Review of Meetings 2019 (contd.)


History of Littlehampton Museum

The members and guests welcomed the new Curator of the Littlehampton Museum, Charlotte Burford. Her talk included the development of the Museum from its early days, and what its aims are for the future.

The museum was founded in 1928 by the Littlehampton Natural Science and Archaeology Society and its first Curator was Mr. E.J Hearne. The museum’s first home was in the back of the town library, where it stayed until 1965 after which it moved to 12a, River Road. Its present location, The Manor House, became its new home in 1991. E.J Hearne remained as the Curator until 1946 when he was succeeded by George Shorter who was still in charge and oversaw the move to River Road.

Charlotte went on to say that the items the Museum holds in its collections number well over 30,000 and obviously cannot all be shown at any one time. There is a constant rotation of these displays in an attempt to allow the public to see as many of these items as possible. These collections include photographs, oil paintings, maritime and archaeology. The museum is endeavouring to catalogue all the items in their archives and in doing so hope to discover hidden many hidden gems.

Allen Misselbrook
August 2019



Shepherds of the South Downs - their lives and times

The September meeting was an illustrated talk by Ian Everest entitled The Shepherds of the South Downs – their lives and times. Ian was brought up on a 1,000-acre farm on the South Downs close to the village of Bishopstone. His father being a farm-worker kindled his interest in farming on the South Downs. For the last 35 years this has been focused on the Shepherds of the South Downs. Ian explained that the South Downs is a ridge of 'Chalk Uplands' inland from sea, running from Eastbourne in the East through Sussex to Winchester in Hampshire to the West.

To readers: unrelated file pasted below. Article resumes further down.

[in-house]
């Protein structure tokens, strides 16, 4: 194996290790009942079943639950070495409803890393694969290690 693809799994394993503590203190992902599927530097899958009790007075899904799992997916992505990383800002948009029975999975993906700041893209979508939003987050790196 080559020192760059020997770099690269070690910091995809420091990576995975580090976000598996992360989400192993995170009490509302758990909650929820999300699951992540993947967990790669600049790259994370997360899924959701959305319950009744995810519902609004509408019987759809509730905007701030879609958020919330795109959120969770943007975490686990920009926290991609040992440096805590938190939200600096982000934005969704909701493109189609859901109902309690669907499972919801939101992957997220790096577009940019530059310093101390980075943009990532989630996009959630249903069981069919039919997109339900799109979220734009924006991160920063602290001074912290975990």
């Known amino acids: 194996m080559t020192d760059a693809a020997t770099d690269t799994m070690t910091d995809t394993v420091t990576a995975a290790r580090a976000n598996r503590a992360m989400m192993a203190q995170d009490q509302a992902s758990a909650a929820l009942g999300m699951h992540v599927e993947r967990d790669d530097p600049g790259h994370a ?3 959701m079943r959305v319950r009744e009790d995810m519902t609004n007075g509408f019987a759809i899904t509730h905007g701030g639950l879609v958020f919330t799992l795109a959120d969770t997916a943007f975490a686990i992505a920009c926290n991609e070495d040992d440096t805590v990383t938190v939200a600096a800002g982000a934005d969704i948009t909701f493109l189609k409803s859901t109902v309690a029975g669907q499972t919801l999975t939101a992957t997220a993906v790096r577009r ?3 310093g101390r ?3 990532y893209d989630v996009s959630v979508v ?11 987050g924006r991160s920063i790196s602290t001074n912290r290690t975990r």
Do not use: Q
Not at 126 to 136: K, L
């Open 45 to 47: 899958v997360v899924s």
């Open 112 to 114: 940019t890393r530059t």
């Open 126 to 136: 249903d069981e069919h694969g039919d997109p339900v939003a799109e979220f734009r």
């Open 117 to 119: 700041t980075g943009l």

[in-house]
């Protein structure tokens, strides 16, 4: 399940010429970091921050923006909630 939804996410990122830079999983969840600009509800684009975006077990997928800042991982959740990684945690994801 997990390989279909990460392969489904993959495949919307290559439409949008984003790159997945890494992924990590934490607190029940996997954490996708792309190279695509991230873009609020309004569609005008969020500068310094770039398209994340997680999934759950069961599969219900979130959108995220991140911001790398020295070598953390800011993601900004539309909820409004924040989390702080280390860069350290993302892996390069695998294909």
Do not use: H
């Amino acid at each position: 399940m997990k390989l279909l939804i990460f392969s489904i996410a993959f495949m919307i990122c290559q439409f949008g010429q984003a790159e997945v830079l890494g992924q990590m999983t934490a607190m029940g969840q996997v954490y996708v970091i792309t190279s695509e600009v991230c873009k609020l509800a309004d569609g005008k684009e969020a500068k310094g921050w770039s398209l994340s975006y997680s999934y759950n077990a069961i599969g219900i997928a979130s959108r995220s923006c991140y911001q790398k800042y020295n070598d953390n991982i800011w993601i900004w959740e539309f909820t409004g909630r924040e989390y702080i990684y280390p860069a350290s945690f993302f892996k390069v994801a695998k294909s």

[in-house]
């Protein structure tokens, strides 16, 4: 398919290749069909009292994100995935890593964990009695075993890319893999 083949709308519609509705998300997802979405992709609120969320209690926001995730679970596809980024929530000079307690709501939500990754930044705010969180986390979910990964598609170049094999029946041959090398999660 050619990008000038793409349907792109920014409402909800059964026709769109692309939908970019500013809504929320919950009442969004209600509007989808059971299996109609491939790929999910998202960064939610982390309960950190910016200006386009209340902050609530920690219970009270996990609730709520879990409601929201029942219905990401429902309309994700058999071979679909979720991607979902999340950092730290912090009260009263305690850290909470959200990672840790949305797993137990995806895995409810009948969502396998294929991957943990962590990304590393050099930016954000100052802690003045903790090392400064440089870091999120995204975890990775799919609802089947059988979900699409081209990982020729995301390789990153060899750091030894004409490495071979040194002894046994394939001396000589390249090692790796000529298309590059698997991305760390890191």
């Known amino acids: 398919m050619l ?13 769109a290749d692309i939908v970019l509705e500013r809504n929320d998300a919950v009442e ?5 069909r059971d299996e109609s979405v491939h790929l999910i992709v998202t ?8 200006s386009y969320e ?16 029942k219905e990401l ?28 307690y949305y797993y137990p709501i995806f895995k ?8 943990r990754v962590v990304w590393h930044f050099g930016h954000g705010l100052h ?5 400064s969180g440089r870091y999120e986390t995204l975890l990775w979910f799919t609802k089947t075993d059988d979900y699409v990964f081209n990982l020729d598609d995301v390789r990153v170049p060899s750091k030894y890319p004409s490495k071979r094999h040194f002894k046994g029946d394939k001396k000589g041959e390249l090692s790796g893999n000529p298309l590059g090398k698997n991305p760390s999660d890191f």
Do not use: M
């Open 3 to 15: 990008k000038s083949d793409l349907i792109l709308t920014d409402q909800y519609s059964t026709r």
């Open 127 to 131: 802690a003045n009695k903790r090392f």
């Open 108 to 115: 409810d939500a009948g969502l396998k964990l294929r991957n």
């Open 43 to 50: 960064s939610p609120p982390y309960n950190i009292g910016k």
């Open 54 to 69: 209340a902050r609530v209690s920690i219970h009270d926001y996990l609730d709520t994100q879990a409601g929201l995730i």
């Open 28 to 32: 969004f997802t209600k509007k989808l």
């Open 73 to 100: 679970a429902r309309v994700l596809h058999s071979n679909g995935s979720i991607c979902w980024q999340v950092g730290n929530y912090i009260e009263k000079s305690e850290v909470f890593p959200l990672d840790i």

Part of Ian’s talk concerned the origins of shepherding on the downs. One of first shepherds recorded was St Cuthman who, after his father died, had to look after his crippled mother. They fell on hard times, and Cuthman was forced to beg from door to door. Putting his mother in a one-wheeled cart or wheelbarrow which he made. A rope from the handles over his shoulders took part of the weight. Along with their few belongings he set out from his home, perhaps at Chidham near Bosham. Going eastwards he pushed it day after day, the rope broke a number of times, on one occasion some haymakers who were watching laughed at him, but a heavy rainstorm ruined their hay and taught them a lesson.

He improvised a new rope from withies. Cuthman decided that when the makeshift rope of withies gave way, he would take it as a sign from God that he should stop at that place and build a church. It happened at the place we call Steyning.